12. The method as claimed in claim 11, wherein said step of driving said dot formation element array includes a step of driving said dot formation element array so that different dots in a dot matrix having s dots in the horizontal scanning direction and k dots in the vertical scanning direction are formed by repeating the horizontal scanning sk successive times.
13. The method as claimed in claim 8, wherein said step of driving said dot formation element array comprises driving a plurality of dot formation element arrays for forming dots of different colors at different timings so that dots of different colors are formed at different dot positions.
14. The method as claimed in claim 8, wherein said step of driving said dot formation element array includes a step of driving said dot formation element array for both a forward direction and a reverse direction of the horizontal scanning, said step of executing the vertical scanning includes performing the vertical scanning by a given distance each time each of the forward direction horizontal scanning and the reverse direction horizontal scanning terminates,
wherein said step of selecting the number of scan repetitions s includes a step of setting a first even number as the number of scan repetitions and said step of selecting the element pitch k includes a step of setting a second even number as the element pitch k.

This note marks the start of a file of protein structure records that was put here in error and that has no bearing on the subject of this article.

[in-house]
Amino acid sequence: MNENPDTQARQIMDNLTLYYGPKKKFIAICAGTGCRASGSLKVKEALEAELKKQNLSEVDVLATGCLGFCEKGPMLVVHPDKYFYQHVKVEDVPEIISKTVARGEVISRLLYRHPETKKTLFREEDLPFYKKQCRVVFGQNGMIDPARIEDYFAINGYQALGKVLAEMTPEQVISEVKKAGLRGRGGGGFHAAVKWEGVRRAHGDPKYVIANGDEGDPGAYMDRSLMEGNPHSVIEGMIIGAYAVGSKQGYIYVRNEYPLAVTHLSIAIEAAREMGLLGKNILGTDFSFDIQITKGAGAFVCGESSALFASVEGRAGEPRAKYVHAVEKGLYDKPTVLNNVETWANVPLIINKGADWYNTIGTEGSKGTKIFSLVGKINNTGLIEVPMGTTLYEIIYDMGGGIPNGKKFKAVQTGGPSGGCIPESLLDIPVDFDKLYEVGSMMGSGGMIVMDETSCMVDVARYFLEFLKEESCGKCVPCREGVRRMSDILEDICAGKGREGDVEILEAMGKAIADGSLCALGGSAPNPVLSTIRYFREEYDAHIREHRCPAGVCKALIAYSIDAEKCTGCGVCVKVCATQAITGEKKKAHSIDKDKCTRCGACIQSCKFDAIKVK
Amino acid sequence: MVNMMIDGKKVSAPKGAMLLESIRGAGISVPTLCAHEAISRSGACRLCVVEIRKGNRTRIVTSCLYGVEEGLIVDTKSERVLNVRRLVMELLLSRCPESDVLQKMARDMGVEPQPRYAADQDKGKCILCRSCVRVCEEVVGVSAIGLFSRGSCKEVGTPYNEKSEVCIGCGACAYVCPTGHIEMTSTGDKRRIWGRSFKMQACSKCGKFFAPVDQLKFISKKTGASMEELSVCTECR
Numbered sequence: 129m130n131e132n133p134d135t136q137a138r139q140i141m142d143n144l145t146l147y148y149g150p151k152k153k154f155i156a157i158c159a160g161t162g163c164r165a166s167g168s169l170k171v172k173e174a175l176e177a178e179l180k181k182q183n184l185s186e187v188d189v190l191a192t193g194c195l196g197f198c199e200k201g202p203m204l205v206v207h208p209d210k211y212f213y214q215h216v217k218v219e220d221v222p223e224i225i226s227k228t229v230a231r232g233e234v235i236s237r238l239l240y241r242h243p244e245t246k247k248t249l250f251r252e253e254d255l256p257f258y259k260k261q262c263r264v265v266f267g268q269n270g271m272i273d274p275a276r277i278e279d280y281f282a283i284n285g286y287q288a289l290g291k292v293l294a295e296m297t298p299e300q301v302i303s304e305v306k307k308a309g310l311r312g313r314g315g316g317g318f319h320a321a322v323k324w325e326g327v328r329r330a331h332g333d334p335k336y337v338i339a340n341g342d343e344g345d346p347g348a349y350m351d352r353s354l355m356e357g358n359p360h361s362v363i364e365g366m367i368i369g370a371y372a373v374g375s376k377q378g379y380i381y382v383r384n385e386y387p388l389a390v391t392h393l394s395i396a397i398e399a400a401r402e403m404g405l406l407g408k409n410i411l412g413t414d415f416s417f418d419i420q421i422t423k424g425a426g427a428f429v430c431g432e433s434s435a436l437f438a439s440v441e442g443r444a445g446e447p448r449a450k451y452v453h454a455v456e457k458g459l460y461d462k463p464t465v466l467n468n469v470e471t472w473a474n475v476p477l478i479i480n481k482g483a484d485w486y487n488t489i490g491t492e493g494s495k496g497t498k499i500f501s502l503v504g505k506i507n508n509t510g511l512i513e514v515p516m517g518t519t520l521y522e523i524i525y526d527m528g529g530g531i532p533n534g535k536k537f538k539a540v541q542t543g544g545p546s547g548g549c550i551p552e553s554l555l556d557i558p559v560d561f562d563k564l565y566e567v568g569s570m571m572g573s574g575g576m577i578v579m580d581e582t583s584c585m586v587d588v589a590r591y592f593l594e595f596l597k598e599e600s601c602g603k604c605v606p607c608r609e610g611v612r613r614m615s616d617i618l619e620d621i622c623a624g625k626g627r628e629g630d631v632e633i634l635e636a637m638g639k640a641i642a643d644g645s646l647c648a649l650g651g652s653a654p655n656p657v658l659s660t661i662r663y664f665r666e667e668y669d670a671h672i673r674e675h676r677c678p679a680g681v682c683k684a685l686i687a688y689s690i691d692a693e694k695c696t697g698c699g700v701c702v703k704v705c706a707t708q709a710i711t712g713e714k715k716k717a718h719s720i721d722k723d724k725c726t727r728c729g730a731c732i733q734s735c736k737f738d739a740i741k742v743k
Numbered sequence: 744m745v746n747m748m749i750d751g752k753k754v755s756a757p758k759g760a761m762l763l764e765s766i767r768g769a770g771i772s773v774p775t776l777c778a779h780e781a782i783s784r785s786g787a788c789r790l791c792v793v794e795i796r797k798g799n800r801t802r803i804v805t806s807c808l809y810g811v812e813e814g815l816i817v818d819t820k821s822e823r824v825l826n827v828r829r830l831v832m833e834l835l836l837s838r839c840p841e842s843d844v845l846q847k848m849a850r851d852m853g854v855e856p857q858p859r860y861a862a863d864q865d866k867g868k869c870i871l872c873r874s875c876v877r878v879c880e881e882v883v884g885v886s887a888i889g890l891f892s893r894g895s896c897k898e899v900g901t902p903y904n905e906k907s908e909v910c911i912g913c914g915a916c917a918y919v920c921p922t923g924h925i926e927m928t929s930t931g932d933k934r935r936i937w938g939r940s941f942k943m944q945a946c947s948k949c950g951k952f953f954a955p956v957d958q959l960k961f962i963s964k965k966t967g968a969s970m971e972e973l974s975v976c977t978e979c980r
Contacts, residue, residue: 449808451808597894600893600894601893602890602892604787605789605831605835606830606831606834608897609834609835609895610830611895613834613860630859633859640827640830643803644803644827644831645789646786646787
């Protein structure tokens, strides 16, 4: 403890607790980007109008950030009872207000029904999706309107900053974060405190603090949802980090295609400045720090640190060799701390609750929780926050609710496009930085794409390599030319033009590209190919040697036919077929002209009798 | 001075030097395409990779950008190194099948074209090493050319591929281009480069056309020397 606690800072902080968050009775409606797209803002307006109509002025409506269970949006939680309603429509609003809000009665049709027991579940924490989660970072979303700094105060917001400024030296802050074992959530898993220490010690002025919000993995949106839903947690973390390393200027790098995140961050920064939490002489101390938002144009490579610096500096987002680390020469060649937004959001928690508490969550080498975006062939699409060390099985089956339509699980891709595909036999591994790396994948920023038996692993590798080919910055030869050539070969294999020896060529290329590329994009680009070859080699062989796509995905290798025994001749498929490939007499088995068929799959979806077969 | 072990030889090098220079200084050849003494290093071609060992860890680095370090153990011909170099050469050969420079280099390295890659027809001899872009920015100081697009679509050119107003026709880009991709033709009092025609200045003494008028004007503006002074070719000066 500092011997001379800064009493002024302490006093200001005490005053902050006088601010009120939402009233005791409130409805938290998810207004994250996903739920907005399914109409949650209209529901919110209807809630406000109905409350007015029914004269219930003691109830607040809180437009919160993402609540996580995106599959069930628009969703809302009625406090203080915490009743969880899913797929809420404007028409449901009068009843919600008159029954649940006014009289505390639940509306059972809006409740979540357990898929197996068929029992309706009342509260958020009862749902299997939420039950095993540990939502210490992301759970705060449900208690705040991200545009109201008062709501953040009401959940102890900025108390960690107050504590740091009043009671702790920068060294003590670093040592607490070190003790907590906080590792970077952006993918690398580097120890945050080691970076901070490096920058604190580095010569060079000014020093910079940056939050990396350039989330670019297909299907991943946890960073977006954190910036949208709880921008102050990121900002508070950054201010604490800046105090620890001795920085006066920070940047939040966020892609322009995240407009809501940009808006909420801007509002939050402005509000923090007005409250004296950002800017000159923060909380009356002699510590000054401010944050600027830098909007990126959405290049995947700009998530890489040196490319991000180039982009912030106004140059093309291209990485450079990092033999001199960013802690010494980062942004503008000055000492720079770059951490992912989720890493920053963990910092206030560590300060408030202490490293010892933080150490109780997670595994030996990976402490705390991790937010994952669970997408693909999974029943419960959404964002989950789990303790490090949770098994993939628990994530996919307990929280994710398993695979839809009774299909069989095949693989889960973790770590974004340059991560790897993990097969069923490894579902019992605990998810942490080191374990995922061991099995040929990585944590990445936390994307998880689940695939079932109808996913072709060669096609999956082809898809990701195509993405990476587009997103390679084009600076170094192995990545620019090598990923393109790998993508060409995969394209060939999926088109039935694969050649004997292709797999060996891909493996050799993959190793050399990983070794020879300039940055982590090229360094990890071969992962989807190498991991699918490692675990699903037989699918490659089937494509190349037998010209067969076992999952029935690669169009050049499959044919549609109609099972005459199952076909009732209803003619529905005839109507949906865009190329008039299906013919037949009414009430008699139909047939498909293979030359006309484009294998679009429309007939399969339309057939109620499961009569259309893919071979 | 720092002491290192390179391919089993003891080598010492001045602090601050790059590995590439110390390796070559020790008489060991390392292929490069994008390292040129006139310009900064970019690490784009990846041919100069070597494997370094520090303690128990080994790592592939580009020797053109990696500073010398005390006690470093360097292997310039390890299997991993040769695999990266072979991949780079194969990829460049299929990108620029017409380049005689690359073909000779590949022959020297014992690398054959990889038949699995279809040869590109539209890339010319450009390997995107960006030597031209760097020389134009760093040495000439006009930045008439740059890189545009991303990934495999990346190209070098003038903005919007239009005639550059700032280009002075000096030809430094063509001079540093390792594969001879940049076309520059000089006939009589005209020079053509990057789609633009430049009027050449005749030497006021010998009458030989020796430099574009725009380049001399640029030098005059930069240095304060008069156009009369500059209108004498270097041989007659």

Description
BACKGROUND OF THE INVENTION

1. Field of the Invention

This invention relates to serial scanning and drum scanning printers for printing while a print head is scanning the print media surface and in particular, to system improvements in head drive and scan intended for print image enhancement and throughput improvement.

2. Description of the Related Art

An innovation called an "interlace system" is disclosed in U.S. Pat. No. 4,198,642, Japanese Patent Publication No. Sho. 53-2040, etc., as one of techniques for image enhancement in printers of the aforementioned type, particularly in ink jet printers. This interlace system features the ink jet nozzle array structure on a print head and the vertical scanning method. That is, the nozzle array consists of N nozzles arranged in the vertical scanning direction, the center point spacing of contiguous nozzles (nozzle pitch) is set to k times pixel pitch D of a print image, and N and k are selected as integers having prime relation therebetween. The distance of vertical scanning executed after each horizontal scanning is set to ND.